All family members were suggested to undergo endoscopy and dermatological surveillance. A pedigree of four family generations is shown in Figure 1.

Figure 1
figure 1

Condensed pedigree of four generations (I to IV) of the family. Patients II-2 and III-2 had four and three primary gastric and colorectal carcinomas respectively, as well as other forms of cancer. Squares: men, circles: women, diamonds: persons of either sex


The Muir-Torre syndrome was independently described by Muir in 1967 and Torre in 1968, and has since been recognized as a subtype of Lynch Type II hereditary nonpolyposis colon cancer (HNPCC) [4, 5]. Akhtar et al in their review study identified a total of 205 reported cases in the world literature [6]. In the same study the authors reported that the defining feature of this syndrome is the combination of sebaceous gland tumors and at least one visceral cancer, usually gastrointestinal or genitourinary carcinomas.

Clinically the diagnosis of MTS is based on the presence of at least one sebaceous gland tumor associated with at least one primary visceral malignancy, as it happened in our case. Alternatively, diagnosis of the syndrome can be made if the patient has multiple keratoacanthomas with multiple internal malignancies and a family history of MTS [7]. Muir-Torre syndrome can also be diagnosed by genetic testing. A high proportion of tumors from MTS patients show microsatellite instability (MSI) due to germline mutations in either of two DNA mismatch repair (MMR) proteins [8].

Typical skin tumors associated with this syndrome include sebaceous adenomas, epitheliomas and carcinomas. Keratoacanthomas and basal cell carcinomas with sebaceous differentiation may also occur. All these sebaceous gland tumors are rare in the general population and the finding of such a tumor may represent a marker for MTS and should prompt a search for occult malignancy [9]. In addition, fifty-six per cent of skin lesions in MTS occur after diagnosis of the first malignancy, 6% occur concomitantly and 22% of skin lesions occur as the first malignancy of the syndrome [6]. The cutaneous lesions may occur as long as 25 years before or 37 years after the internal malignancy and multiple primary carcinomas at different sites are characteristic of MTS so that up to 9 visceral cancers in one individual have been reported [10].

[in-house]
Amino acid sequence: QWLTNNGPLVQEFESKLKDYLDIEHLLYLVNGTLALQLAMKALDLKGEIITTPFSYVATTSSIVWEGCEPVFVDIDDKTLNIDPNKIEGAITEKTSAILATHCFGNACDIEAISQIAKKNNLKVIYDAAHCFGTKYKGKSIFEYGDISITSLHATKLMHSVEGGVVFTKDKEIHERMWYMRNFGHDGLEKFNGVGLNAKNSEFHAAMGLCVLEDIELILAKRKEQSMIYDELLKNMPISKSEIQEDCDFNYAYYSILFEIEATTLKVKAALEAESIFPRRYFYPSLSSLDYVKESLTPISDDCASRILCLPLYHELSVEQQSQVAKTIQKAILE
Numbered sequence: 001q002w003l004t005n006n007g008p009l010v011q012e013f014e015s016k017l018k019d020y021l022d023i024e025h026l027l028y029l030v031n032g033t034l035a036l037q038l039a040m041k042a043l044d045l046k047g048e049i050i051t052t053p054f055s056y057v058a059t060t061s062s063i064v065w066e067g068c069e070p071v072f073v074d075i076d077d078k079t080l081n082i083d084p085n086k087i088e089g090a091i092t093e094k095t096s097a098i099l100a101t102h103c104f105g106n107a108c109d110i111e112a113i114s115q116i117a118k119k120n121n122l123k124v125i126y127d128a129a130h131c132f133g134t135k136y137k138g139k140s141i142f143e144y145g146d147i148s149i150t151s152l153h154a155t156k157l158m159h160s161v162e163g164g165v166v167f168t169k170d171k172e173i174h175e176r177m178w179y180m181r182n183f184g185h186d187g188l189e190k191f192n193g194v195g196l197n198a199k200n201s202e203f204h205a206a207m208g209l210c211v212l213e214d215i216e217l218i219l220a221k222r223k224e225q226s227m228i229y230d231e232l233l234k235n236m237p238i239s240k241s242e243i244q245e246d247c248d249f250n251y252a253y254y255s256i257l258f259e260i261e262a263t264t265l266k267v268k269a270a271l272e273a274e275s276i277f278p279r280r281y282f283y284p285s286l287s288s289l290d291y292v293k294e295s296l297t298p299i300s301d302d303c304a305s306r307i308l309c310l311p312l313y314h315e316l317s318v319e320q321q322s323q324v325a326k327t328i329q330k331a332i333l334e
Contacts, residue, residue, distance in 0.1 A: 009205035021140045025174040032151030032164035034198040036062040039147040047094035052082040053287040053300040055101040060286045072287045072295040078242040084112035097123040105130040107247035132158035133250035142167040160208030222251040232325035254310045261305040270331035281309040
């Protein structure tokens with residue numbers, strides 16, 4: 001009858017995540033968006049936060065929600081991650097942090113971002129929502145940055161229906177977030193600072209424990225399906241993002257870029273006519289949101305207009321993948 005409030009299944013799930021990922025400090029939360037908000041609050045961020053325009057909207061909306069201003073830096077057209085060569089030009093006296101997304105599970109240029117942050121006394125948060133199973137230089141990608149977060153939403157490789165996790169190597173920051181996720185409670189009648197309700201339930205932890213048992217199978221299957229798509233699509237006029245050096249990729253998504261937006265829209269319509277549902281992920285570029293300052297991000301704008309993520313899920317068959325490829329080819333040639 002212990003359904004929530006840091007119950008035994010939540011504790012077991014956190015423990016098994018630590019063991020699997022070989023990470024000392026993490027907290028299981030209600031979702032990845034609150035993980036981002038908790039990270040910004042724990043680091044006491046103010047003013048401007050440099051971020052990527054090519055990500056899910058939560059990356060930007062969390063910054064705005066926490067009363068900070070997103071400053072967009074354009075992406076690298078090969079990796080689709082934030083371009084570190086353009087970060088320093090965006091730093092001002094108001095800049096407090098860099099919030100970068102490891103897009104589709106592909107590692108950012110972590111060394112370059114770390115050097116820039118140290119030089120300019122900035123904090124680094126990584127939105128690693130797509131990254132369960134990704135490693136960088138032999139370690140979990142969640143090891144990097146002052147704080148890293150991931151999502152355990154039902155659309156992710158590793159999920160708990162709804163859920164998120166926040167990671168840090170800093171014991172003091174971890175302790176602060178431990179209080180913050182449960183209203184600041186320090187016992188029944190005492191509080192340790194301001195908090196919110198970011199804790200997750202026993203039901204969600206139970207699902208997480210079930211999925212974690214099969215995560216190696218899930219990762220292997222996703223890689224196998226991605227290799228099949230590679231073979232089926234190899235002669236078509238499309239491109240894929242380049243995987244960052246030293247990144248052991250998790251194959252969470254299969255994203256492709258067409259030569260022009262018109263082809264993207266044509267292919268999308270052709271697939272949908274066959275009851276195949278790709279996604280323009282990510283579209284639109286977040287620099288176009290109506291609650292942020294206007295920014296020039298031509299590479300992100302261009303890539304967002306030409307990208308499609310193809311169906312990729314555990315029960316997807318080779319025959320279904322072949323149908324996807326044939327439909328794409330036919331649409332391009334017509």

Colorectal cancer is the commonest visceral neoplasm to occur in MTS, and the most frequent initial cancer [3, 10]. In common with other forms of HNPCC, colorectal malignancies in MTS are usually proximal in location and tend to have a more indolent course than other forms of colorectal cancer [10]. Fifty-one per cent of MTS patients develop at least one colorectal cancer, and multiple colorectal cancers are common, genitourinary cancers occur in 24% of individuals, mainly transitional cell carcinomas. Carcinomas of the endometrium, ovary, breast, parotid, upper GI tract and larynx, and hematological malignancies are also associated with MTS. As in the Lynch II syndrome, cancers occur at a relatively young age. Colonic polyps are found in more than 25% of MTS patients, and are especially prevalent in patients with colorectal carcinoma [11].

The genetic disorder in MTS is an autosomal dominant inherited germline mutation in one of the DNA mismatch repair genes, MSH1 and MSH2 [8, 12]. It is inherited with a high degree of penetrance and variable expression. The syndrome occurs in both sexes, with a male to female ratio of 3:2. Children of an MTS individual, therefore, have a 50% risk of inheriting the cancer predisposition. In families where the germline mutation can be identified, those individuals who have inherited the mutation should be offered regular screening examinations. In those who can be demonstrated not to have inherited the germline mutation, cancer surveillance is not necessary [13].